So yet again it happened that to my surprise I would find that it was happening serendipitously, and I had the amazing @louizah for company. We arrived promptly at 7:50, ten minutes earlier than when it’s scheduled to start. It’s 400 Shillings, and 200 Shillings for students.

Mumbi Kaigwa, the MC, called things to order at around 8:05. I had the pleasure of enjoying finger foods and drinks with my uncle, Gakunju before it started. Had a great couple laughs, looking forward to it starting.

Pecha Kucha, in a nutshell, it’s a format of presentation  for mostly creative work where you present a Powerpoint slideshow of 20 slides, spending 20 seconds on each slide. It’s mostly for creative work, but has been adapted to the business world. Typically, the crowd represents creative and design fields: architecture, advertising, photography, interior design and other fields.

So it began with Keith Pearson of The Theatre Company, my uncle, who took us through a project where The Theatre Company has been given a grant to renovate the theatre at The National Museum. Taking us through how it is restoring the dilapidated rooms and halls, and restoring what will surely be a beautiful stage and theatre in the near future.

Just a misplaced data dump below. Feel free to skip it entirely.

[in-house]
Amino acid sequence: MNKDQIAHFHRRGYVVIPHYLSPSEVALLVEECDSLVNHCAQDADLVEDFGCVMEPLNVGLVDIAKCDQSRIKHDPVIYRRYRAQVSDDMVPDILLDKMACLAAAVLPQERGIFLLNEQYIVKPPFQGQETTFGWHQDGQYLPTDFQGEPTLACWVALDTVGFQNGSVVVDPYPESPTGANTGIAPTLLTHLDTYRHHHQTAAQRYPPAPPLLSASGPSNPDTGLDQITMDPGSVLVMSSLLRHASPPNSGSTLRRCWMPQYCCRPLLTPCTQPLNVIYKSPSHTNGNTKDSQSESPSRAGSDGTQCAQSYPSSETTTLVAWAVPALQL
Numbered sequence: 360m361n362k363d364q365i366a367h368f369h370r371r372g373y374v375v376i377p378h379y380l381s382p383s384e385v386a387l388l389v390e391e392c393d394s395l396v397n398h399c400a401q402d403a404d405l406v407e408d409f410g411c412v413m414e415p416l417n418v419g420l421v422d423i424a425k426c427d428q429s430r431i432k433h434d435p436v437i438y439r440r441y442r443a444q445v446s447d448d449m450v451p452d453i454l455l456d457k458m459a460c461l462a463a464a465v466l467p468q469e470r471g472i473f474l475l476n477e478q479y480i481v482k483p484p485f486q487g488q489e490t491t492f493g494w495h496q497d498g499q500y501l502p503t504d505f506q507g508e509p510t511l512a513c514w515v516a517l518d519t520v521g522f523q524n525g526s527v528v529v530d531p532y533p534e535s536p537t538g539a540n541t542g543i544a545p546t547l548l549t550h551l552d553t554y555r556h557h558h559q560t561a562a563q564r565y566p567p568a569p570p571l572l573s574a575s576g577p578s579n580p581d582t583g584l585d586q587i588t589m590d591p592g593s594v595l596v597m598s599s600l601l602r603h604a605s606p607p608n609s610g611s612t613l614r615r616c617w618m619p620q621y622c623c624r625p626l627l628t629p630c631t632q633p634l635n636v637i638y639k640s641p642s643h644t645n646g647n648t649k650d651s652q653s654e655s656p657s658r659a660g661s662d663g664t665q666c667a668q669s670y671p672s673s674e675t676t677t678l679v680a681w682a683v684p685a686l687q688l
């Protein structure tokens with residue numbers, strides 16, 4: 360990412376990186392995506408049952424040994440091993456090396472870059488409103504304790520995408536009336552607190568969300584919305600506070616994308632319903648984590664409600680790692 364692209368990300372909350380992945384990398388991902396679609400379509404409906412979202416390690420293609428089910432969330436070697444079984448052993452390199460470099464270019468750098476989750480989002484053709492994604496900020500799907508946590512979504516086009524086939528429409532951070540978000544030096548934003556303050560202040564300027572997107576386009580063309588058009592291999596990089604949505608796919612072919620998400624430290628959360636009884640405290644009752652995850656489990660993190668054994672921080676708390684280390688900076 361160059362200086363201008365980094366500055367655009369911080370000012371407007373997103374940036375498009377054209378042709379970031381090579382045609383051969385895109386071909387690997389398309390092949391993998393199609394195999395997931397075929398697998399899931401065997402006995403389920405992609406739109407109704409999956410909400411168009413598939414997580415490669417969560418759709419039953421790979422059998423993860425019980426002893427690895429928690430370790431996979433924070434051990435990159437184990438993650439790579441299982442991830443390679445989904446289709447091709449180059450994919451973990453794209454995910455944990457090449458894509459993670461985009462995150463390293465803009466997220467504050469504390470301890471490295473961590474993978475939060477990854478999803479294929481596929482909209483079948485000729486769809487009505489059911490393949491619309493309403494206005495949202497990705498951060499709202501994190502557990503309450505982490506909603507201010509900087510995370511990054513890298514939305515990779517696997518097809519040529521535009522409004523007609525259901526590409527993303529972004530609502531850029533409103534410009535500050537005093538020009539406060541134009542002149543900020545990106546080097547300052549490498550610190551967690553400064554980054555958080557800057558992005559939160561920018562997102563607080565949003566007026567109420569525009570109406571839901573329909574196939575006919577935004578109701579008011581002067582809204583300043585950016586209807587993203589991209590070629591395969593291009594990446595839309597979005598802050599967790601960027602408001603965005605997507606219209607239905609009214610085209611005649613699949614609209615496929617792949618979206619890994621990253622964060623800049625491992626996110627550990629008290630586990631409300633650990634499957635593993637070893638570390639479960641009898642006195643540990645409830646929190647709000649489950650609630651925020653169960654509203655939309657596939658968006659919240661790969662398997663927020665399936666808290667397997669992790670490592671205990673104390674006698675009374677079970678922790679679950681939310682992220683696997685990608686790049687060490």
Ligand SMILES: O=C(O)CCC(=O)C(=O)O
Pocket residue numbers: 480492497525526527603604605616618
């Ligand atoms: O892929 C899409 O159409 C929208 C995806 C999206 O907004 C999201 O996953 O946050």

Joseph Barasa was next with some of his photography. He presented at the last Pecha Kucha Night as an illustrator, and this time he gave a great presentation with some illuminating photography. From The Nakumatt Fire to lovers in Uhuru Park and a fight in his village upcountry, his photography provoked chuckles and giggles with his  laughable captions.

Faith Koli went up next, and took us through how she and her 4 friends started Take 4 Productions, with an enlightening look at the risks and jeopardy of starting a business.  She was accompanied by her other associate, Mia, who presented later on how she was the first to quit her full-time employment for the business. It was great to see because, I spoke to Mia afterwards, keen to find out what kind of a production house they are. For a business starting out, they were able to get their name out to a crowd that matters in art circles. That’s forward thinking on publicity, kudos for that.